|Beitragstitel||Trigeminal Endonasal Sensitivity - an Outcome Predictor for Septoplasty|
Background. Different studies already concluded a meaningful role of trigeminal sensitivity
for the perception of nasal airflow and the impression of a “patent nose“. The aim of this study was to examine whether trigeminal sensitivity predicts patients’ satisfaction after septoplasty.
Material and Methods. All patients planned for primary septoplasty or functional septorhinoplasty with turbinoplasty were asked to participate in this prospective study. Before and 6 weeks after surgery standard preoperative examinations (acoustic rhinometry and Sniffin’ Sticks 12 test), an evaluation of nasal obstruction on a visual analogue scale (VAS) and the trigeminal lateralisation test were performed.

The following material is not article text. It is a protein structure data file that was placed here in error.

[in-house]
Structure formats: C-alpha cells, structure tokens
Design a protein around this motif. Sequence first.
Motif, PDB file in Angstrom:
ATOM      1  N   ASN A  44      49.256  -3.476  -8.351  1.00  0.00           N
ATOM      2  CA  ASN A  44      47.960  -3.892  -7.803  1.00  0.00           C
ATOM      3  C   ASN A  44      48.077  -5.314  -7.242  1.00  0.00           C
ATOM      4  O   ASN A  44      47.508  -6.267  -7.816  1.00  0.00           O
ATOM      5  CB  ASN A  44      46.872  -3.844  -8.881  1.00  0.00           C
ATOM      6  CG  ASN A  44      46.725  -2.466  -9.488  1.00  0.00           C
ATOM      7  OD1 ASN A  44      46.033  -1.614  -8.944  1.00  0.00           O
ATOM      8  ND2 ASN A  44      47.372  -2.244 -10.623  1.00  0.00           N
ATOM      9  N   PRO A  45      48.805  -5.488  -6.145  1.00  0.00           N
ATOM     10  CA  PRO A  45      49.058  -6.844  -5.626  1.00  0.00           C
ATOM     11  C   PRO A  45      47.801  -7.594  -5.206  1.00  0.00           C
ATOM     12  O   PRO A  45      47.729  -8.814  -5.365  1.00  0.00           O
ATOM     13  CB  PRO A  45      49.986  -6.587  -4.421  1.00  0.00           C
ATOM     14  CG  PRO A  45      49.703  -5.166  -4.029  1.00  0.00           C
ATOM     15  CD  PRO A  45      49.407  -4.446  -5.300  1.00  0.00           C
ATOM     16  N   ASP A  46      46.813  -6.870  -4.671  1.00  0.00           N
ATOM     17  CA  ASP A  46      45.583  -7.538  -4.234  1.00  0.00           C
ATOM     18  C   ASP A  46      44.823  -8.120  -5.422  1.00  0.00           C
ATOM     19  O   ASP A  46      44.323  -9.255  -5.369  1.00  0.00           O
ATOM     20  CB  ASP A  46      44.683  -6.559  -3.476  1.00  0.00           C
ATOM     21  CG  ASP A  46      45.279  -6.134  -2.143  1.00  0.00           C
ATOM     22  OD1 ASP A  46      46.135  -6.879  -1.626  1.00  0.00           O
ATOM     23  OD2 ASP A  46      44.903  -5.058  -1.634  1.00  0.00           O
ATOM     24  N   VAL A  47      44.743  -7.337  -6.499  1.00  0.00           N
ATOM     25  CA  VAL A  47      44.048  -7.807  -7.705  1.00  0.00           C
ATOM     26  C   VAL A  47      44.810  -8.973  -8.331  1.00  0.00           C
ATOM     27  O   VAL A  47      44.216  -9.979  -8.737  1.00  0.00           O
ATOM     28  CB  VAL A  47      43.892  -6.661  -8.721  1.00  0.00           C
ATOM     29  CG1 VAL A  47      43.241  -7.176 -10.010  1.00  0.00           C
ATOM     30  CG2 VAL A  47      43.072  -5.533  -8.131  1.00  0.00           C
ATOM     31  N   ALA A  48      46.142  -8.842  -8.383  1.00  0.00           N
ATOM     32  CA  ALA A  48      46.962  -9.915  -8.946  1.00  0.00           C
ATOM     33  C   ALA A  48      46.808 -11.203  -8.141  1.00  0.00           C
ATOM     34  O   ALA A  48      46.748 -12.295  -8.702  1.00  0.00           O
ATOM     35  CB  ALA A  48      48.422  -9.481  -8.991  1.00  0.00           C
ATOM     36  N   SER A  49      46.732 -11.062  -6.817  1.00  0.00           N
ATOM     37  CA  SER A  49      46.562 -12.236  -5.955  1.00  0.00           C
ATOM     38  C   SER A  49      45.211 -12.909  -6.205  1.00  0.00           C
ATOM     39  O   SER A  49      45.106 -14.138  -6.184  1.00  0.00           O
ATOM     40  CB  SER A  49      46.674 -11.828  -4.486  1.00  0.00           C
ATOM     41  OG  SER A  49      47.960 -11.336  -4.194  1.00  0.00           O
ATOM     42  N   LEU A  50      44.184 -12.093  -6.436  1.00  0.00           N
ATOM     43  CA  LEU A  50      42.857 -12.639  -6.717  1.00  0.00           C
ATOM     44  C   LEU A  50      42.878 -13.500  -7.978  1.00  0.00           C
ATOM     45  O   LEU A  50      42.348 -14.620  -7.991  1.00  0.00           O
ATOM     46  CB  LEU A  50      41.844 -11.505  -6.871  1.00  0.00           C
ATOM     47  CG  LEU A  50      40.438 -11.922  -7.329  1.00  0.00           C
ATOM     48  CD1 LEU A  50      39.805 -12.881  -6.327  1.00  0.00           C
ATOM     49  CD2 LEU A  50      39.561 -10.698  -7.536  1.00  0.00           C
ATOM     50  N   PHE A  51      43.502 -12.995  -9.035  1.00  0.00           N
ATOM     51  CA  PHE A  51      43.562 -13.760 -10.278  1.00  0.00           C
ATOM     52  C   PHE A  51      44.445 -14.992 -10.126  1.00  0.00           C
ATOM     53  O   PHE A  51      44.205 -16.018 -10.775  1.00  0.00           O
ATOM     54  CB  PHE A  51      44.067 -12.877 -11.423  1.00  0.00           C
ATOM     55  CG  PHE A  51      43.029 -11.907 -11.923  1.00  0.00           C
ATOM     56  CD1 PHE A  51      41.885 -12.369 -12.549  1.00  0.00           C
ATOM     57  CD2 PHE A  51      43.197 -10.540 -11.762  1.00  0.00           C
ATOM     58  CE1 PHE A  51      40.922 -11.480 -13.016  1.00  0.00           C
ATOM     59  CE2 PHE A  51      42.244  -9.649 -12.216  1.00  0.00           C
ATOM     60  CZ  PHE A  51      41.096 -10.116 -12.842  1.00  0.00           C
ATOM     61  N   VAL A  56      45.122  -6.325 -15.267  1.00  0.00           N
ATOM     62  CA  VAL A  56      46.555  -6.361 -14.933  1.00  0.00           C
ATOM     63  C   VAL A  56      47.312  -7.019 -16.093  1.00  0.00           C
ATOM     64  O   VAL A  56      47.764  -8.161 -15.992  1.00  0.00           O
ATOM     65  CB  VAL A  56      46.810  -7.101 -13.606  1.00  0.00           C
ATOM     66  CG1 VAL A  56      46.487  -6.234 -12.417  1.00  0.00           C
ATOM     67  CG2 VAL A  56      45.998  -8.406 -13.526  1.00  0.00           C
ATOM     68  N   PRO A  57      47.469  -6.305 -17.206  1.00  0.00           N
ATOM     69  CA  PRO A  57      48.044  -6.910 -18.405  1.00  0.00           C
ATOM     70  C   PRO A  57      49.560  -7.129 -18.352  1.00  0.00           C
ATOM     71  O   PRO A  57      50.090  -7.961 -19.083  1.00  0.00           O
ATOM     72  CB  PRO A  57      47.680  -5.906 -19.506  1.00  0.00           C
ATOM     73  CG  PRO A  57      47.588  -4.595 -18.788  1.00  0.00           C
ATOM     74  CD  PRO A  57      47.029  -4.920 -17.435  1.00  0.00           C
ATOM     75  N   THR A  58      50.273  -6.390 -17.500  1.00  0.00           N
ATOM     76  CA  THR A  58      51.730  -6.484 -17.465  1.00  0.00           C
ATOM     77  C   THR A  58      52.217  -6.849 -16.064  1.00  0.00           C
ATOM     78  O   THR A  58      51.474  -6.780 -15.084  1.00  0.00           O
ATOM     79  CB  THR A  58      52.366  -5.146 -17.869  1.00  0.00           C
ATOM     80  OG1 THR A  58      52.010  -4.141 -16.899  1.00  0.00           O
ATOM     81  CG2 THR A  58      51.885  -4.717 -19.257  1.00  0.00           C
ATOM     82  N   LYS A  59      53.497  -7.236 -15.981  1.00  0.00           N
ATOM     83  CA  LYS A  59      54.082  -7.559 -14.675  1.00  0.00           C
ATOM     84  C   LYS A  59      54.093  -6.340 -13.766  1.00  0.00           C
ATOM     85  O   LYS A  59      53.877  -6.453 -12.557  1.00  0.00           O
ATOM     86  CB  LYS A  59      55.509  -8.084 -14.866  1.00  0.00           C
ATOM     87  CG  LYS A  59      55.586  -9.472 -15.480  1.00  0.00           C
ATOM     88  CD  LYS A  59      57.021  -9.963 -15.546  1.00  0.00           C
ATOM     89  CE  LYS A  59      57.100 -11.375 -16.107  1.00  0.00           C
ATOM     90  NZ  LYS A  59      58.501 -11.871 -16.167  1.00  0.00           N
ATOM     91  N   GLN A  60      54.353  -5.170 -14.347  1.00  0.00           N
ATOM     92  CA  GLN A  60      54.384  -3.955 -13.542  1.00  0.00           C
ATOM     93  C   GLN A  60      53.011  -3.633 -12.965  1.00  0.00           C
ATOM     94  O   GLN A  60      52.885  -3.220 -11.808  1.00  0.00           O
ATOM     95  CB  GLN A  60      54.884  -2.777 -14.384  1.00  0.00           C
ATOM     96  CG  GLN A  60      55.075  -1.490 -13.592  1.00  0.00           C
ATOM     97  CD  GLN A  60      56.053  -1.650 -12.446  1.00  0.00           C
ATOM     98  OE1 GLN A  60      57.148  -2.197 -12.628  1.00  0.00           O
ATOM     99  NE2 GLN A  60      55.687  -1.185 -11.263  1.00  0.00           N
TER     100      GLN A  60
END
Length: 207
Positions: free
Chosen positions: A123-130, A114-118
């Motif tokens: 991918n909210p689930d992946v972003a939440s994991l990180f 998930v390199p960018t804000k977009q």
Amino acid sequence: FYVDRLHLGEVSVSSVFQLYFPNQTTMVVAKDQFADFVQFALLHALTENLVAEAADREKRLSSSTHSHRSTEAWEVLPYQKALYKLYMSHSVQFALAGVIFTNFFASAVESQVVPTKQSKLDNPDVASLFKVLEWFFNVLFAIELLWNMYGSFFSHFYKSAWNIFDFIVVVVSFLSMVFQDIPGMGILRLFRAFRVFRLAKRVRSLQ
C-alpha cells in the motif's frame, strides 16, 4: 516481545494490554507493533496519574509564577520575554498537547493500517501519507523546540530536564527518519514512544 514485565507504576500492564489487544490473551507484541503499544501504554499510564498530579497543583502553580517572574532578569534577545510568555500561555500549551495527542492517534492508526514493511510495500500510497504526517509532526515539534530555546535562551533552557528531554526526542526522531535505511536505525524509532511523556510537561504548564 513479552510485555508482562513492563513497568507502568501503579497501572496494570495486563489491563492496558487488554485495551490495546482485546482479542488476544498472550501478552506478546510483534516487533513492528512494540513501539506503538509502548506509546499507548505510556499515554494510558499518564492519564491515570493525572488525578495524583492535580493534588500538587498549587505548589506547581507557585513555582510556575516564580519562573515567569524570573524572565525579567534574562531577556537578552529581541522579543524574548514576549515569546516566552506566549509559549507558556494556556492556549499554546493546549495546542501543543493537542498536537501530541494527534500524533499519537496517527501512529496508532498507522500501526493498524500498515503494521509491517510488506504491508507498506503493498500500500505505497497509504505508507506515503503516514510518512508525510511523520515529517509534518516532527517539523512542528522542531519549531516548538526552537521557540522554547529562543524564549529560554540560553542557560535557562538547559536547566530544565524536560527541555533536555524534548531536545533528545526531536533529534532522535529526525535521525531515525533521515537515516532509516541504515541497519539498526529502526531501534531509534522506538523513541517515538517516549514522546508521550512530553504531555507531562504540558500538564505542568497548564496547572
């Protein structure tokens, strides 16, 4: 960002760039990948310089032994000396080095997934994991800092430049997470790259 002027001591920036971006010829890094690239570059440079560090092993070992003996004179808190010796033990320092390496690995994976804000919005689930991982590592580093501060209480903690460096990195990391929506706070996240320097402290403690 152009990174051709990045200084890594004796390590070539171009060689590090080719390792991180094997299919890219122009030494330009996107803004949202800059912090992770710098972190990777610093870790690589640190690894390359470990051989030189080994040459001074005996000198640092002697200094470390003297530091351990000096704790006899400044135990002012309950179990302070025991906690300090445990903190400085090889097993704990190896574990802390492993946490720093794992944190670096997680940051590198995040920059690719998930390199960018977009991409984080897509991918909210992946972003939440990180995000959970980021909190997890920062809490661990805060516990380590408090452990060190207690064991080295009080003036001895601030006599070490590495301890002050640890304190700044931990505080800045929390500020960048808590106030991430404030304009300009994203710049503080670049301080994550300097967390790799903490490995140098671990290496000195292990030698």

Preoperative lateralisation test scores were then plotted against mean VAS change scores, representing on the one hand endonasal trigmenial sensitivity and on the other hand subjective improvement. Additionally, biopsies were taken during surgery and TRPV1 mRNA expression was measured by PCR.
Results. A significant correlation of trigeminal perception and the sensation of nasal obstruction was found (r=0.40, p=0.03). Furthermore, high TRPV1 mRNA expression was linked with good postoperative VAS scores.
Conclusion. Endonasal trigeminal sensitivity is directly linked with subjective outcome. With this preoperative assessment of trigeminal sensitivity, patients could be selected more appropriately and the rate of satisfaction could be improved. Therefore, patients with low trigeminal sensitivity should undergo septoplasty only after thorough counselling.